Despite an accelerated shift towards online advertising spending, most traditional media companies (TMCs) are more reluctant than ever to believe the "content wants to be free" mantra.
Indeed, regardless of whether TMCs are accustomed to charging consumers or companies, content sure looks like it wants to be free -- though at the Monaco Media Forum, James Murdoch, News Corp (CEO for Europe and Asia, summarized what everyone would agree on: the "first rule of monetization is that if you aspire to charge for something, you probably should not give it away for free." Self-serving observation? Sure. True? Let's see.
Do Media Executives Need a Lesson in Economics?
On the one hand, you don't need a degree from the London School of Economics to recognize that excess supply will drive prices down. That's the basic concept of scarcity, but what the rise of video consumption and advertising is doing is differentiating between, not just video versus text, but mainly, real scarcity vs. false scarcity.
Real scarcity is when there is actually more demand than supply. False scarcity leads to a false sense of security about demand for one's product.
False Sense of Security
Hollywood's strategy was forever to create false, or forced, scarcity. Examples are numerous, but the best one is the slotting of a show at 9 p.m. on Thursday evening during the late 1980s, wedged in between stellar shows including "The Cosby Show," "Cheers," Night Court," etc. Invariably, you could slot someone watching grass grow and in between those kinds of established shows, the 9 p.m. show would have built an audience.
Fast-forward two decades and you saw how false scarcity led to the disaster at NBC involving Conan O'Brien and Jay Leno. Though lower ratings for Leno's show harmed the lead-in to NBC affiliates' important 11 p.m. newscasts, the fact that audiences didn't follow this established star had more to do with Hollywood's tried and tired strategy of creating false scarcity for their offerings.
Getting back to video, the reality is that TMCs should wake up before it's too late by:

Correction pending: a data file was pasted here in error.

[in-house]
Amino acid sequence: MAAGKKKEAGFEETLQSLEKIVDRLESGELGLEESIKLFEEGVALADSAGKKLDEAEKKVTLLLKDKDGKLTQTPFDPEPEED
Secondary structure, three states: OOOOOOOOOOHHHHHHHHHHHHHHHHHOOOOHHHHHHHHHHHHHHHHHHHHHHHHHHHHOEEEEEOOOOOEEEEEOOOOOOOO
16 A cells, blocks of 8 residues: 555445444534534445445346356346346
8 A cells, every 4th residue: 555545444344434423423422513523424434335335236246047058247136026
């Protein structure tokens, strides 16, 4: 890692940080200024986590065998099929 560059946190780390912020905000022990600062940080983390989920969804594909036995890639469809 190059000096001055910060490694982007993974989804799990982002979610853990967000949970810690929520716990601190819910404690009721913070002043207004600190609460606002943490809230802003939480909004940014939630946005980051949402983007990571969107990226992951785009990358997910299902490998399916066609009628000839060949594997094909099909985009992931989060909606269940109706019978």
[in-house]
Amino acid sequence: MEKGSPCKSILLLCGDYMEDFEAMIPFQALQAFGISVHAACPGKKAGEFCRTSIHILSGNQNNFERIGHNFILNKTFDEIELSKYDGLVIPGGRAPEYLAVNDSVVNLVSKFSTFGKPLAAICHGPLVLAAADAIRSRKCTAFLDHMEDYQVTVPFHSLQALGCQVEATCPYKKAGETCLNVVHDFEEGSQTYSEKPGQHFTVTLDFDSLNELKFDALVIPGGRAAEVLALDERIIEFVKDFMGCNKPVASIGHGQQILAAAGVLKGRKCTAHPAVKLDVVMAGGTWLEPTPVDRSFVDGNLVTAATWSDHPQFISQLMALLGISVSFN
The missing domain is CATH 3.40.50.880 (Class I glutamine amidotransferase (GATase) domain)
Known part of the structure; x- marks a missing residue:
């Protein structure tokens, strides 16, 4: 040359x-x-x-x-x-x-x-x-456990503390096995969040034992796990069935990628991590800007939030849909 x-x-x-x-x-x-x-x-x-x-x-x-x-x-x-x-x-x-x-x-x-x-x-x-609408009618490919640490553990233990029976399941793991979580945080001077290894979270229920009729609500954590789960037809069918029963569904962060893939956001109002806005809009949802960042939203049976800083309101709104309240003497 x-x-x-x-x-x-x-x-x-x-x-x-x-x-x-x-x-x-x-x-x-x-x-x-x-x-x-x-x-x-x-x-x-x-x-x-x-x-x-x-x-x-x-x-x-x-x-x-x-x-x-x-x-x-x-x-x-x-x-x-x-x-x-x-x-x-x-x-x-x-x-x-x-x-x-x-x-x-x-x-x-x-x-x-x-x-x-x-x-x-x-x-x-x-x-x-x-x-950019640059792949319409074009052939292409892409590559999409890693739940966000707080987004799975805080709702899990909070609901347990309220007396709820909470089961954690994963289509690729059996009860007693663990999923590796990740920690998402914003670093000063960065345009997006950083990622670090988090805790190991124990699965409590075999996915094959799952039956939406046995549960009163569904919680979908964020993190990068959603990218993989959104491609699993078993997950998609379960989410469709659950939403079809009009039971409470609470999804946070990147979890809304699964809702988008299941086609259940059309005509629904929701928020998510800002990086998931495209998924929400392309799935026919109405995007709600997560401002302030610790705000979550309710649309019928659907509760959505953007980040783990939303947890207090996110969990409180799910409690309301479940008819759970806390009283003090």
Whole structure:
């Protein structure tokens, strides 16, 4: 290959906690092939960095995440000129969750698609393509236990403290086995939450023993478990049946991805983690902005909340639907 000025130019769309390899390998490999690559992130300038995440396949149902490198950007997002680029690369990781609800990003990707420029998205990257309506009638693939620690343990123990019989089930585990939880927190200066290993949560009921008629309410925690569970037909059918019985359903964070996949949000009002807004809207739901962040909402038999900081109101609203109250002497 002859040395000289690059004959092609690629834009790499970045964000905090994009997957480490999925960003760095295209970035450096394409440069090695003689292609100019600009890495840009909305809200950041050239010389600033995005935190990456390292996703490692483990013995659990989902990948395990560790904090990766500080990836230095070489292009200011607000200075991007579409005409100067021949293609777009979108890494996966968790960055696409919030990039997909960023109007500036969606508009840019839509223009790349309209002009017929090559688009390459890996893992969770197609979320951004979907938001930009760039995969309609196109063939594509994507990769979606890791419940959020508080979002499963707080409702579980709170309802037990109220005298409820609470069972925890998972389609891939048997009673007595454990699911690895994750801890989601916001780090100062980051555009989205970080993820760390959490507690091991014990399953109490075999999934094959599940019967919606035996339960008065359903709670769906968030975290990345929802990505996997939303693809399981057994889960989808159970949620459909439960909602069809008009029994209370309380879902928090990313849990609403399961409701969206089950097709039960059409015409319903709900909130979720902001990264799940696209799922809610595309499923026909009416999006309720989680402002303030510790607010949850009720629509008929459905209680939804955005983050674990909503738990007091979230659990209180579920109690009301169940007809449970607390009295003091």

Realizing that creating false security by putting up paywalls with text content will prove futile;
Acknowledging that nothing will replace the billions and billions in their traditional businesses, but that doesn't mean that they should not be focusing on new revenue streams and businesses, even if that means becoming a smaller business.
Of course, Hollywood executives swill never accept the latter and will fight to their last drop for the former.
Text Content is By Definition Easy to Duplicate, Thus Impossible To Defend
With articles, true scarcity is hard to create because content can be duplicated very easily.
Even if the New York Times is behind a pay wall or a Vanity Fair article is only found in a printed issue of a magazine, nothing is stopping an online blogger to pay for a newspaper or magazine, only to turn around and paraphrase or quote from it -- that's fair use. Some among the blogger's readership might be inclined to pay for the source content, but a large share will content themselves with the abridged version.
Now replicate that phenomenon across hundreds of bloggers, and you get the idea: there's a lot of supply created around that story, and while the advertising rates for Times and Vanity Fair content are much higher than all of the rest combined, it doesn't change the fact that there's a shift in equilibrium, especially when you toss in things like behavioral targeting and demand-side buying, where some advertisers don't even care if their ad is placed on the source publications.
Why Scarcity Works Differently With Video
With video, it's just not that straightforward or easy to increase supply, especially in the short-term. In two weeks I'll sfocus on scarcity in online video and what both TMCs and new media producers need to do for a better prognosis.